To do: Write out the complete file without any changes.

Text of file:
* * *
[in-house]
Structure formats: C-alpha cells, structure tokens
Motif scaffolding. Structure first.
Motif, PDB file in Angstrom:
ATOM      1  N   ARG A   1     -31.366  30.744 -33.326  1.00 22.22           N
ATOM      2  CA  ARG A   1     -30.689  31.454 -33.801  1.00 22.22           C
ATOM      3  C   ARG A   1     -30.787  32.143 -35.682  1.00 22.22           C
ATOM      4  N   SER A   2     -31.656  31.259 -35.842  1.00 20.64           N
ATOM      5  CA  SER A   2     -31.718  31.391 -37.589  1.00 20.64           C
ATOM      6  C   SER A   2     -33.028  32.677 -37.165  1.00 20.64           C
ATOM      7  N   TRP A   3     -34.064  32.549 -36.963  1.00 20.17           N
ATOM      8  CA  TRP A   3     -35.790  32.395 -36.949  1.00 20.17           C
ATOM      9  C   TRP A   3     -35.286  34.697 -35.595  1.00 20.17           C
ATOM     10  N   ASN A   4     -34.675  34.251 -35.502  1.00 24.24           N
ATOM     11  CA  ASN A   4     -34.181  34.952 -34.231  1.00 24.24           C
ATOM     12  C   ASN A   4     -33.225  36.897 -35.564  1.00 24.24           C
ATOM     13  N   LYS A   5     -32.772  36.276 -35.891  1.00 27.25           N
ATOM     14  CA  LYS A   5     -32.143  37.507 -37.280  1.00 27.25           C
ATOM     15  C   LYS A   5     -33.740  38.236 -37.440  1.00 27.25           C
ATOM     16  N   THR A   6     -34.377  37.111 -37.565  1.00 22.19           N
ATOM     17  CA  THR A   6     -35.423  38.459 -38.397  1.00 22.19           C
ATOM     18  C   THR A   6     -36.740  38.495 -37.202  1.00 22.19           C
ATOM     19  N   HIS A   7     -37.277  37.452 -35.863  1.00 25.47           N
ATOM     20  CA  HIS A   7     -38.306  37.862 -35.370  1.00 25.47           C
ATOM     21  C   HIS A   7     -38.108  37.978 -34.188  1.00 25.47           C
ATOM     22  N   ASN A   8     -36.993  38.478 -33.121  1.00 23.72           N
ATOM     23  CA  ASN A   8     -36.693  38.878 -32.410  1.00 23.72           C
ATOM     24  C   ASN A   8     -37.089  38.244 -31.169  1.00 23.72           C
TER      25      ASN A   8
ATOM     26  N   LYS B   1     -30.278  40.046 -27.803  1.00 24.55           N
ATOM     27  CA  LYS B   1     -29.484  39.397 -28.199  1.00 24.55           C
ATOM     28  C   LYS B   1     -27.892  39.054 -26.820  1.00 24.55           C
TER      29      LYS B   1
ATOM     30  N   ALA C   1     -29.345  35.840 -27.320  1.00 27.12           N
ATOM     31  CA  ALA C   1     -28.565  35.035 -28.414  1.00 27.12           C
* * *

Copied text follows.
[in-house]
Structure formats: C-alpha cells, structure tokens
Motif scaffolding. Structure first.
Motif, PDB file in Angstrom:
ATOM      1  N   ARG A   1     -31.366  30.744 -33.326  1.00 22.22           N
ATOM      2  CA  ARG A   1     -30.689  31.454 -33.801  1.00 22.22           C
ATOM      3  C   ARG A   1     -30.787  32.143 -35.682  1.00 22.22           C
ATOM      4  N   SER A   2     -31.656  31.259 -35.842  1.00 20.64           N
ATOM      5  CA  SER A   2     -31.718  31.391 -37.589  1.00 20.64           C
ATOM      6  C   SER A   2     -33.028  32.677 -37.165  1.00 20.64           C
ATOM      7  N   TRP A   3     -34.064  32.549 -36.963  1.00 20.17           N
ATOM      8  CA  TRP A   3     -35.790  32.395 -36.949  1.00 20.17           C
ATOM      9  C   TRP A   3     -35.286  34.697 -35.595  1.00 20.17           C
ATOM     10  N   ASN A   4     -34.675  34.251 -35.502  1.00 24.24           N
ATOM     11  CA  ASN A   4     -34.181  34.952 -34.231  1.00 24.24           C
ATOM     12  C   ASN A   4     -33.225  36.897 -35.564  1.00 24.24           C
ATOM     13  N   LYS A   5     -32.772  36.276 -35.891  1.00 27.25           N
ATOM     14  CA  LYS A   5     -32.143  37.507 -37.280  1.00 27.25           C
ATOM     15  C   LYS A   5     -33.740  38.236 -37.440  1.00 27.25           C
ATOM     16  N   THR A   6     -34.377  37.111 -37.565  1.00 22.19           N
ATOM     17  CA  THR A   6     -35.423  38.459 -38.397  1.00 22.19           C
ATOM     18  C   THR A   6     -36.740  38.495 -37.202  1.00 22.19           C
ATOM     19  N   HIS A   7     -37.277  37.452 -35.863  1.00 25.47           N
ATOM     20  CA  HIS A   7     -38.306  37.862 -35.370  1.00 25.47           C
ATOM     21  C   HIS A   7     -38.108  37.978 -34.188  1.00 25.47           C
ATOM     22  N   ASN A   8     -36.993  38.478 -33.121  1.00 23.72           N
ATOM     23  CA  ASN A   8     -36.693  38.878 -32.410  1.00 23.72           C
ATOM     24  C   ASN A   8     -37.089  38.244 -31.169  1.00 23.72           C
TER      25      ASN A   8
ATOM     26  N   LYS B   1     -30.278  40.046 -27.803  1.00 24.55           N
ATOM     27  CA  LYS B   1     -29.484  39.397 -28.199  1.00 24.55           C
ATOM     28  C   LYS B   1     -27.892  39.054 -26.820  1.00 24.55           C
TER      29      LYS B   1
ATOM     30  N   ALA C   1     -29.345  35.840 -27.320  1.00 27.12           N
ATOM     31  CA  ALA C   1     -28.565  35.035 -28.414  1.00 27.12           C